Alternate Mark Inversion And Bipolar 8bit Zero Substitution

In 1988, clear channel transmission became an option for T-1 service from AT&T. Users could now transmit DS-0 or DS-1 signals without restricting the consecutive zeros.

T-1 channels are encoded using Alternate Mark Inversion (AMI). AMI encodes each "1" bit as a positive then a negative voltage. The receiving device on a T-1 channel detects dropped bits because it receives two positive or two negative voltage signals back to back when it should always receive a positive then a negative then a positive signal. With digital encoding, there tends to be more "0's" transmitted than "1's" transmitted. The ratio is something like 53% "0's" to 47% "1's." Thus, with AMI, there can be long strings of "0's," which means no positive to negative signal changes. This makes AMI more vulnerable to transmission errors. To overcome this potential problem,

Ami Alternate Mark Inversion
Figure 7-16 Digital Access and Cross-connect System (DACS) and fractional T-carrier channels.

Bipolar 8-bit Zero Substitution (B8ZS) is used to augment T-channel AMI signal encoding.

Technically, T-1 bit streams should not contain more than 15 "0's" in a row. B8ZS solves this problem. Further, B8ZS can provide a full 192-Kbps bandwidth on a T-1 channel. B8ZS augments the normal T-1 AMI encoding by violating AMI bipolar encoding rules when strings of eight consecutive "0's" are found. When eight consecutive "0's" are encountered, a unique coding violation pattern replaces them (see Figure 7-17). This B8ZS coding violation provides sufficient timing pulses to maintain synchronization across the T-1 channel.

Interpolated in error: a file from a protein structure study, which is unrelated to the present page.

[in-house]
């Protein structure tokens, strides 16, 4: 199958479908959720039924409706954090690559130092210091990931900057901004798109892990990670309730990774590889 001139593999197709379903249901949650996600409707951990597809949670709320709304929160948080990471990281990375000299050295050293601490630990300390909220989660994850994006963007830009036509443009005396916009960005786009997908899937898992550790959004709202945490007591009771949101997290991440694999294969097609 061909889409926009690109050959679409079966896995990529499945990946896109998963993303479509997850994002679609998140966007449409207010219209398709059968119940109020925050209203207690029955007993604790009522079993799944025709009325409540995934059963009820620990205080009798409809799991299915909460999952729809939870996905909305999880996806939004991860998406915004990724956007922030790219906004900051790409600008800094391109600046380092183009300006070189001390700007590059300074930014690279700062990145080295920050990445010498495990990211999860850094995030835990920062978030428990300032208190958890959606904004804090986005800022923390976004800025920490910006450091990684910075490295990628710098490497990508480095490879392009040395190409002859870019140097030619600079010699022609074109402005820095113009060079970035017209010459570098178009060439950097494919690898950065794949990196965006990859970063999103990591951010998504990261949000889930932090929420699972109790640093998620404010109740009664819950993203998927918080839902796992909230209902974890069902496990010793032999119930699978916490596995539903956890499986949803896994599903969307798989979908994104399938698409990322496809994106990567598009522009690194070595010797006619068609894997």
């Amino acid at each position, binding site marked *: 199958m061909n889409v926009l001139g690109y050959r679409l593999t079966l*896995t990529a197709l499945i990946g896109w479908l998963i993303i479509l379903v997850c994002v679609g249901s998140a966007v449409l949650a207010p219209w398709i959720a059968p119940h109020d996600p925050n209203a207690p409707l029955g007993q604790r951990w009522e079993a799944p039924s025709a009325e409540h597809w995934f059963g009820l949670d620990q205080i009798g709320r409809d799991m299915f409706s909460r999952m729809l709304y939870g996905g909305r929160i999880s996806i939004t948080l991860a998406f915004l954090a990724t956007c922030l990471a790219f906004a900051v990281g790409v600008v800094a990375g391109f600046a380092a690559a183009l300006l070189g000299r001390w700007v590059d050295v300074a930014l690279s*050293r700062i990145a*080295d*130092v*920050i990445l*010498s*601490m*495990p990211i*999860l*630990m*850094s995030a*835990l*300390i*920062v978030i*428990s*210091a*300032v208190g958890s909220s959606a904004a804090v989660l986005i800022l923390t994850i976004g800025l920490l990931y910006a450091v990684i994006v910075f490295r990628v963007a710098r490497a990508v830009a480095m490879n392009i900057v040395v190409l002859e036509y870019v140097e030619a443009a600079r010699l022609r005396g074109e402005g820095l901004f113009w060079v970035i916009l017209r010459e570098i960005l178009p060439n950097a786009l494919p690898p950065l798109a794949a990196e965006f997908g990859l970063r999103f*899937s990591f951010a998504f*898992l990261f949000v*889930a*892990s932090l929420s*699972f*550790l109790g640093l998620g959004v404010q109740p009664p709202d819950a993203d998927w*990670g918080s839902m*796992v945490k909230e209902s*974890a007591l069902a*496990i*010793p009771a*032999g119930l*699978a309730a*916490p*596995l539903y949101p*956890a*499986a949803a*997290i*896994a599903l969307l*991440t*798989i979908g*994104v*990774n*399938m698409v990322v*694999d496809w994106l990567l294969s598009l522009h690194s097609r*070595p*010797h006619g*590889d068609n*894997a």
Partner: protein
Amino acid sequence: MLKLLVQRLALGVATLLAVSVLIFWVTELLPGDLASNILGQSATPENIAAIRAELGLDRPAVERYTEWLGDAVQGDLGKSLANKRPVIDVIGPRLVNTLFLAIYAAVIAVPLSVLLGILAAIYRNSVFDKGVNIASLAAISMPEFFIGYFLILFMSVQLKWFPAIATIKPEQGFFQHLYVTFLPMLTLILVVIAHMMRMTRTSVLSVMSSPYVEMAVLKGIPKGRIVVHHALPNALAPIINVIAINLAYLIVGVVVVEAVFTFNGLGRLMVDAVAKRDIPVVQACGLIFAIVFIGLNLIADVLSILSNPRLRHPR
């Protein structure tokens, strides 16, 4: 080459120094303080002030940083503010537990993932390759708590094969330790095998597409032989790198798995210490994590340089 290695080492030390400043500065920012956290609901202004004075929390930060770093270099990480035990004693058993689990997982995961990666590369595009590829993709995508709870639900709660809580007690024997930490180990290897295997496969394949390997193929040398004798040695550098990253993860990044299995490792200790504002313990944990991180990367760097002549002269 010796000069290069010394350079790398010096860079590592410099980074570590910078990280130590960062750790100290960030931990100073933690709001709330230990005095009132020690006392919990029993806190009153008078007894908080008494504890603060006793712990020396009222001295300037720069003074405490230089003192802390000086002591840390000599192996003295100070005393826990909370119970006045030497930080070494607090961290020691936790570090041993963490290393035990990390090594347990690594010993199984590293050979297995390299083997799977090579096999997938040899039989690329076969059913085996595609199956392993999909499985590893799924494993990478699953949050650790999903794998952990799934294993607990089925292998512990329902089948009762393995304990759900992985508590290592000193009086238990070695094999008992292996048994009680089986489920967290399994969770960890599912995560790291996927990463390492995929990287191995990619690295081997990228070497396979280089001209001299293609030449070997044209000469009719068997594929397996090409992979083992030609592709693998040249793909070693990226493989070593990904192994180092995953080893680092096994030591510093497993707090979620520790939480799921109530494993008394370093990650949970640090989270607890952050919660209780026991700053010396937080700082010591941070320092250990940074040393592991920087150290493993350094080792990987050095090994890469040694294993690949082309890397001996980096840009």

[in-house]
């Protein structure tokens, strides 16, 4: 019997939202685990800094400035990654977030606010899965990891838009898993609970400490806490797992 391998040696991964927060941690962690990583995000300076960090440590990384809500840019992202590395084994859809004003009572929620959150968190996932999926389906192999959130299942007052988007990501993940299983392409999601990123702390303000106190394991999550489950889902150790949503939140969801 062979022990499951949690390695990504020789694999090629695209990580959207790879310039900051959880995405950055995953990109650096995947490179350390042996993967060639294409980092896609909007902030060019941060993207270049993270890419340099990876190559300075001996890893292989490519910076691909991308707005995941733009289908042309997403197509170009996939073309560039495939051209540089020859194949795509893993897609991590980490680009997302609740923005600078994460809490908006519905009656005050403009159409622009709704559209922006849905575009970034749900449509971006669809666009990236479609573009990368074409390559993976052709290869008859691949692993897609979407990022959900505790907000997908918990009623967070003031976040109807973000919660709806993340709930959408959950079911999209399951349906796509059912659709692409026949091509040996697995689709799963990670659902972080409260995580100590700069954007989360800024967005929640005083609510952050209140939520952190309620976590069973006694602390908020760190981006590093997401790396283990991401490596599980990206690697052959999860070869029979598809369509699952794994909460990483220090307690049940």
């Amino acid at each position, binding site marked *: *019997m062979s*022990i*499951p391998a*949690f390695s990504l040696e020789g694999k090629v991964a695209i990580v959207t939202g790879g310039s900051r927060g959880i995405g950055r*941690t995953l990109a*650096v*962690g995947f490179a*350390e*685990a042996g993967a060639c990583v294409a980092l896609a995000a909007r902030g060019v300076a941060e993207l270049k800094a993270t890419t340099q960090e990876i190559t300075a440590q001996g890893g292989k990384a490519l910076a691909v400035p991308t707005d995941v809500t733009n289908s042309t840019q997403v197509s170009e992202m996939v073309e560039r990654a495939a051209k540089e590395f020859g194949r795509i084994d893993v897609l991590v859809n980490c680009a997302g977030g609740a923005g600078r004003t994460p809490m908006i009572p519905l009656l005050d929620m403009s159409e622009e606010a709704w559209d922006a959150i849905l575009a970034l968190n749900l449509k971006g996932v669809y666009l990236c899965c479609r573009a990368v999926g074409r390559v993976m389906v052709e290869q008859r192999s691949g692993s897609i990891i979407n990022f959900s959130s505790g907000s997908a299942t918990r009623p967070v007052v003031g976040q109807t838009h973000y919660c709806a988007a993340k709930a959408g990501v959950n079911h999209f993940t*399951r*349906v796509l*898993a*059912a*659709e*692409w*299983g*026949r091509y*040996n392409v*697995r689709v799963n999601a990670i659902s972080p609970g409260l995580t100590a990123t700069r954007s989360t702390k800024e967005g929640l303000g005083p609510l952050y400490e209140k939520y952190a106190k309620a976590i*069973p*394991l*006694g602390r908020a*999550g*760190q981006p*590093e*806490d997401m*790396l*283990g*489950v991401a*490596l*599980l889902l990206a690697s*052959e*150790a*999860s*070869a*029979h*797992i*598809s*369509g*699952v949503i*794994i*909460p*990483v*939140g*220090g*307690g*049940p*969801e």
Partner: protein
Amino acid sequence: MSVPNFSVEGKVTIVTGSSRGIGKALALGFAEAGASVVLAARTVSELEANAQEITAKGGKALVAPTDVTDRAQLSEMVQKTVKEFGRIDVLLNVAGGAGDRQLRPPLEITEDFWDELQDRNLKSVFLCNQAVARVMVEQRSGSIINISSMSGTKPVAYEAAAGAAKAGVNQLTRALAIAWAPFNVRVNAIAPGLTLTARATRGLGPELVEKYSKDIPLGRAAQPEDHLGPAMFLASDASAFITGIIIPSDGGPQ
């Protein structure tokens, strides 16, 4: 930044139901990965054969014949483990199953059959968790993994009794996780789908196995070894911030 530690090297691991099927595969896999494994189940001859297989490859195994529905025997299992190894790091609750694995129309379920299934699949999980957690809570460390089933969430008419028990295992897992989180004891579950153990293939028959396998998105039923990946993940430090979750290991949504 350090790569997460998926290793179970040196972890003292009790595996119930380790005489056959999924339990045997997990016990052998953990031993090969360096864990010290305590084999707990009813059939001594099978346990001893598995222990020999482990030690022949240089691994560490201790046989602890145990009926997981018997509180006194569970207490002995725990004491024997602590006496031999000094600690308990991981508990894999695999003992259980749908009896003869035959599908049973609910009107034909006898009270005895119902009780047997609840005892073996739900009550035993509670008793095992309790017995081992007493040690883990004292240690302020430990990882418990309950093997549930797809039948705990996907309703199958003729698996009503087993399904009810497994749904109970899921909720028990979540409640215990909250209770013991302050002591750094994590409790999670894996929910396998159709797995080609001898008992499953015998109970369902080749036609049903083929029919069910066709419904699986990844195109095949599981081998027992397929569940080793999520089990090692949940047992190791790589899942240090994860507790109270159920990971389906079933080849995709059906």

B8ZS does not create errors, but rather its coding violations guarantee the minimum pulse state changes needed for synchronization without adding bits into the data stream. B8ZS sidesteps the 15 consecutive "0's" restric-

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  • monika
    How bipolar 8 zero substitution resolves problem of bipolar?
    2 years ago

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